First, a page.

Africa will soon be home to the largest workforce in the world. Vast numbers of people will live and work in urban settlements that don’t yet exist. They will need jobs, housing, food, water, energy, health care, education and community. Yet with woefully inadequate infrastructure today, Africa must turn to more inclusive economic models.
In 2015, Mark Carney, the former governor of the Bank of England, famously coined the phrase ‘the tragedy of the horizon’. Referring to the impact of climate change, his concept can be equally applied to the social ills in Africa today, imposing a cost on future generations that the current generation has no direct incentive to fix.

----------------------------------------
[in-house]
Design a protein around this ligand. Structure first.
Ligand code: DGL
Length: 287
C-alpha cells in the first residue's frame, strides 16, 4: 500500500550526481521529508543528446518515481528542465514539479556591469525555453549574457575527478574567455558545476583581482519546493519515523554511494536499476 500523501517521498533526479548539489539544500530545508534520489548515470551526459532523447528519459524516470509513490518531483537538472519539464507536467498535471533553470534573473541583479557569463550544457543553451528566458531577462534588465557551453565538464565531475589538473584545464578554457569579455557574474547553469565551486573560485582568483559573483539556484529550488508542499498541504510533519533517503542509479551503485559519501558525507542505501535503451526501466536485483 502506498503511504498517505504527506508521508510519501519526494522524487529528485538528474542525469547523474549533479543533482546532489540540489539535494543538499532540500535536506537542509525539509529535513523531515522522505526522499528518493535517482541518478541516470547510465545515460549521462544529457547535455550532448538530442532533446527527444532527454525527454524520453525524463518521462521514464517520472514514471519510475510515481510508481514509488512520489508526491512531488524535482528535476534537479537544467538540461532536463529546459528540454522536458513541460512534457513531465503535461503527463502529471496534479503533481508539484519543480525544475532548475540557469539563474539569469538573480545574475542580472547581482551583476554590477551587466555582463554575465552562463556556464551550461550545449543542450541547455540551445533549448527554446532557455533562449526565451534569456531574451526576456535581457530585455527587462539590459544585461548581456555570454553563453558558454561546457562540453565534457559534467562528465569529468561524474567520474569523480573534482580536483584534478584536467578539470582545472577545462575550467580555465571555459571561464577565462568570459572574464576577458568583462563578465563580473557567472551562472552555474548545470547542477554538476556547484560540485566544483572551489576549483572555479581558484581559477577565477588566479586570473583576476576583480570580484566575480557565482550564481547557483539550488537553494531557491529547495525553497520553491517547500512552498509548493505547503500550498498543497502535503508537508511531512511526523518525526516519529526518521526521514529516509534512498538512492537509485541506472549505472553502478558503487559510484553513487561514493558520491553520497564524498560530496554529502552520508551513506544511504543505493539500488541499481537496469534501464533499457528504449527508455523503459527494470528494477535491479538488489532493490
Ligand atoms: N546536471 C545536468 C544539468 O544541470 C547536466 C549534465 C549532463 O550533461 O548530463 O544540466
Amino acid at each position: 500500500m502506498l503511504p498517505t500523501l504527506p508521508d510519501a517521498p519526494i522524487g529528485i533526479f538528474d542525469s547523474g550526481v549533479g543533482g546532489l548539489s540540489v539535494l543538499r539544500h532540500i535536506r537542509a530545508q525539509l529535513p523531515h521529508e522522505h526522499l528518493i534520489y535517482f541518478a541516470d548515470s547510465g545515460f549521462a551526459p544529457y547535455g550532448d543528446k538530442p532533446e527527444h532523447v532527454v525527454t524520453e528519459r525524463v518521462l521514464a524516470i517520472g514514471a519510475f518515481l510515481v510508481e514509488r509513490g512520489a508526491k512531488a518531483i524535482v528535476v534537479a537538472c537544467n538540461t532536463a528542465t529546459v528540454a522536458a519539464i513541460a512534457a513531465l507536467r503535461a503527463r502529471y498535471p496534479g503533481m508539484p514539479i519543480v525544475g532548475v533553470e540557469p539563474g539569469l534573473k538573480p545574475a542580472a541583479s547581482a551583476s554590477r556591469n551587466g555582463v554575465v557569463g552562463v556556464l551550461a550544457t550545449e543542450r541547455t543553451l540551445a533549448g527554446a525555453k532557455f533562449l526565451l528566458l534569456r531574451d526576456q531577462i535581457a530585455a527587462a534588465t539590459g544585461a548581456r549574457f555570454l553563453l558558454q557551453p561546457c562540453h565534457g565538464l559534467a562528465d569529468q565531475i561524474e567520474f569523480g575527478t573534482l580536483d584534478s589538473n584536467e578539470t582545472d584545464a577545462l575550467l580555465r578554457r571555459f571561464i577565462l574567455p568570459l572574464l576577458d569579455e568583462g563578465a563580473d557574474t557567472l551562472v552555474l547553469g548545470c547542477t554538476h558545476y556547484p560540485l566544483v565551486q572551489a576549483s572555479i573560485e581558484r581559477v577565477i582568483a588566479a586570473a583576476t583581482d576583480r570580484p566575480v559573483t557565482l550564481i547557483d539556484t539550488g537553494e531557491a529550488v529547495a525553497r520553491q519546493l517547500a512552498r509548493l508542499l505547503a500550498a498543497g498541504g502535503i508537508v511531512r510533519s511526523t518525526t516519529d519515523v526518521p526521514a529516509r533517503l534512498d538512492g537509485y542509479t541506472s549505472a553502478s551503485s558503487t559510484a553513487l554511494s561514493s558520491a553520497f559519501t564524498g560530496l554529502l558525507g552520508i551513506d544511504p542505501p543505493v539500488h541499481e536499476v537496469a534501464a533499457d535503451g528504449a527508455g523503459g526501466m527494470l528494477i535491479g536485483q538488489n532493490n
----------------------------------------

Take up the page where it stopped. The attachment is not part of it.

The challenges in transforming economic models run deep. Public funds currently contribute far less than the projected capital required to achieve inclusive development, while private capital remains at a loss as to how to address inclusion in a manner consistent with traditional investment dynamics, behaviours and biases.